Tag Archives: Smartphones

microsoft may get into mobile by the back door.

6 May

htc’s licensing pact with microsoft over its android devices announced on wednesday seemed like a small announcement in the mobile marketplace at the time, but it could be an indication of the arrival of a colossal new force in mobile advertising. so far, all of microsoft’s attempts of breaking into the mobile industry have failed.

but the announcement that microsoft has persuaded handset manufacturer htc to pay royalties because the “google-owned android operating system infringes its patents” is a rare mobile success for microsoft. microsoft also confirmed it’s in similar negotiations with other android device manufacturers. although no companies were specifically mentioned, they would likely include samsung, sony ericsson and motorola and most likely even google itself.


what does this mean?

the reason this could prove significant for microsoft’s mobile strategy: if google is successful in making android the most commonly used os on smartphones, then microsoft could be entitled to a share of the spoils. and we all know that at least 97% of google’s revenues come from advertising.

of course, all of this hinges on whether or not google will agree that android relies heavily enough on microsoft’s patents for it to grant a cut of all its mobile revenues. google is unlikely to bow to microsoft as quickly as htc, which is already in patent disputes with apple.

the one guarantee is that google’s and microsoft’s respective legal teams are likely to be busy in the coming months. what will be interesting is to see whether or not the outcome will involve google and microsoft splitting up any future mobile ad revenues.

full article at new media age.


26% read news on mobile devices – pew research.

1 Mar

Smartphones: IPhone & Blackberry

A new report from the Pew Center’s Project for Excellence in Journalism reveals that more than 1 in 4 Americans read news on mobile devices including Smartphones.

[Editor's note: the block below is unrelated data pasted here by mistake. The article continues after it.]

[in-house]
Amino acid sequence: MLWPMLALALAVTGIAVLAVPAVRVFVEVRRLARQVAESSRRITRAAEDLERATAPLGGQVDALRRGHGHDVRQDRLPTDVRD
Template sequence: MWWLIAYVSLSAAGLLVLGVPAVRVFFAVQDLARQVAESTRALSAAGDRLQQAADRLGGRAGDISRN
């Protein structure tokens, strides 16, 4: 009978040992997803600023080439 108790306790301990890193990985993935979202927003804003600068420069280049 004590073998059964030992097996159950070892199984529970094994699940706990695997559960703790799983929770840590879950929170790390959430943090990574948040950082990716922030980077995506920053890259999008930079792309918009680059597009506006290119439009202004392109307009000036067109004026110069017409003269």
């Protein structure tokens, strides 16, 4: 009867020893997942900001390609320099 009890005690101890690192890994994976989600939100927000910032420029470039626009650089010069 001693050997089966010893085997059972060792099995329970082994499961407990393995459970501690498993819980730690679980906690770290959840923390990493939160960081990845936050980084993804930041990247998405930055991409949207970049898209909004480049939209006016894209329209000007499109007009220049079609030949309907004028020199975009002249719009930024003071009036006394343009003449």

The report, “Understanding the Participatory News Consumer,” studies the impact of digital media on news consumption and interaction behaviors. The part of the study that focused specifically on the growth of mobile devices reveals that more than 80% of adults now own cell phones and 37% use their phones to access the Web.

According to Tom Rosenstiel, Director of PEJ, “Those numbers are only going to go up as the penetration of smart phones grows. The computer of the future is held in your hand.”

These figures mirror a recent report from the Federal Communications Commission, which studied both wired and wireless broadband connectivity in the United States. The FCC is currently pushing to expand the wireless spectrum available to mobile broadband providers in anticipation of strong growth in consumer demand for these services.

The PEJ report highlights the importance of that trend to media organizations. “What the data shows is people are increasingly looking for news at their convenience, and nothing is more convenient than the device in your pocket,” Rosenstiel said in an interview Friday.

Another finding of the PEJ report: 46 percent of “on-the-go” news consumers are also “news participators,” meaning they actively contribute to the creation or distribution of information by commenting on articles, tagging content, contributing images, videos and articles, or sharing a link with their social network.

PEJ further identifies a highly engaged sub-group of mobile news consumers, about 13 percent of U.S. adult Internet users, who are characterized by daily news readership across multiple platforms including mobile, online, print and television.

The study reveals that while those highly engaged consumers are reading a lot of news, they do so from multiple outlets on multiple platforms. Just 7 percent of Americans get their news from a single source, while 46 percent visit four to six sources, in print, Web, TV and mobile on a typical daily basis.

Rostenstiel said the notion of foraging for news can be a positive one for news organizations. “People graze but they don’t graze very far.”

He noted the average engaged news reader has a half-dozen sources they return to frequently. “So, while people are hunting for what they are interested in, they are not hunting everywhere. They are hunting among a landscape of sources they know and are familiar with.”